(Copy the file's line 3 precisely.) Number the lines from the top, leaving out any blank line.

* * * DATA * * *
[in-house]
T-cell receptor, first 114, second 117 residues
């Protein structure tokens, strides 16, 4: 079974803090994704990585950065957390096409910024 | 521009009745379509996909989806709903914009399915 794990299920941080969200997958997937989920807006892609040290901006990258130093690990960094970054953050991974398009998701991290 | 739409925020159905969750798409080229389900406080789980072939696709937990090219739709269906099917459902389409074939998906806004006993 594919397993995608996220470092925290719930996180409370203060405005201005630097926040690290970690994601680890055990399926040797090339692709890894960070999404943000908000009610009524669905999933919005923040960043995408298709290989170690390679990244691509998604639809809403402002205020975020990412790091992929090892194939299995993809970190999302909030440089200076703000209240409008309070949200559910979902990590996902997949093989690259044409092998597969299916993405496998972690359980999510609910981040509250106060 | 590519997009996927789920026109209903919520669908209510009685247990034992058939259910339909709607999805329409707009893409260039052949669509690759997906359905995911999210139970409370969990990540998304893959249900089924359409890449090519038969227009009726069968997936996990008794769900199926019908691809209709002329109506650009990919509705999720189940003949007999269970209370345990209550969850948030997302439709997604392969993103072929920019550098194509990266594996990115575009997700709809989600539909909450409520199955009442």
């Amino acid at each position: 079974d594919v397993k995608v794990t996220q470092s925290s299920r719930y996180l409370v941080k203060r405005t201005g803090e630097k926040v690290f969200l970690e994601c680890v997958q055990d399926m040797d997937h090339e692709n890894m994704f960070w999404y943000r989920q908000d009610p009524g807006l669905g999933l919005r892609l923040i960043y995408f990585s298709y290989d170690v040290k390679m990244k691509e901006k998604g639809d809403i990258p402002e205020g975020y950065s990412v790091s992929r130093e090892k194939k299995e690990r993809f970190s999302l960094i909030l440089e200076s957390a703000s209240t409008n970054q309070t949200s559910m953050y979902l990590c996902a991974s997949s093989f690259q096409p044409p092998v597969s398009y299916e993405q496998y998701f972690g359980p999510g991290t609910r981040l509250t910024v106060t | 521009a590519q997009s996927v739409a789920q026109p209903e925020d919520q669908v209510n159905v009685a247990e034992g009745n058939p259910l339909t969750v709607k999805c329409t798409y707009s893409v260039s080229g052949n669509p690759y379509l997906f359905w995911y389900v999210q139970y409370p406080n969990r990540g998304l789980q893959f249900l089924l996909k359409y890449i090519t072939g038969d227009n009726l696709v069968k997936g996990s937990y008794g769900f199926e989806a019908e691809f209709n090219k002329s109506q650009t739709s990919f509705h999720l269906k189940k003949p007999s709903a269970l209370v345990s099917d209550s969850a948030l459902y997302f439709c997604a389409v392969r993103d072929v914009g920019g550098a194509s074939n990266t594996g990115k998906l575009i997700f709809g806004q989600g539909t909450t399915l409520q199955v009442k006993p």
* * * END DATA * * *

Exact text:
């Protein structure tokens, strides 16, 4: 079974803090994704990585950065957390096409910024 | 521009009745379509996909989806709903914009399915 794990299920941080969200997958997937989920807006892609040290901006990258130093690990960094970054953050991974398009998701991290 | 739409925020159905969750798409080229389900406080789980072939696709937990090219739709269906099917459902389409074939998906806004006993 594919397993995608996220470092925290719930996180409370203060405005201005630097926040690290970690994601680890055990399926040797090339692709890894960070999404943000908000009610009524669905999933919005923040960043995408298709290989170690390679990244691509998604639809809403402002205020975020990412790091992929090892194939299995993809970190999302909030440089200076703000209240409008309070949200559910979902990590996902997949093989690259044409092998597969299916993405496998972690359980999510609910981040509250106060 | 590519997009996927789920026109209903919520669908209510009685247990034992058939259910339909709607999805329409707009893409260039052949669509690759997906359905995911999210139970409370969990990540998304893959249900089924359409890449090519038969227009009726069968997936996990008794769900199926019908691809209709002329109506650009990919509705999720189940003949007999269970209370345990209550969850948030997302439709997604392969993103072929920019550098194509990266594996990115575009997700709809989600539909909450409520199955009442």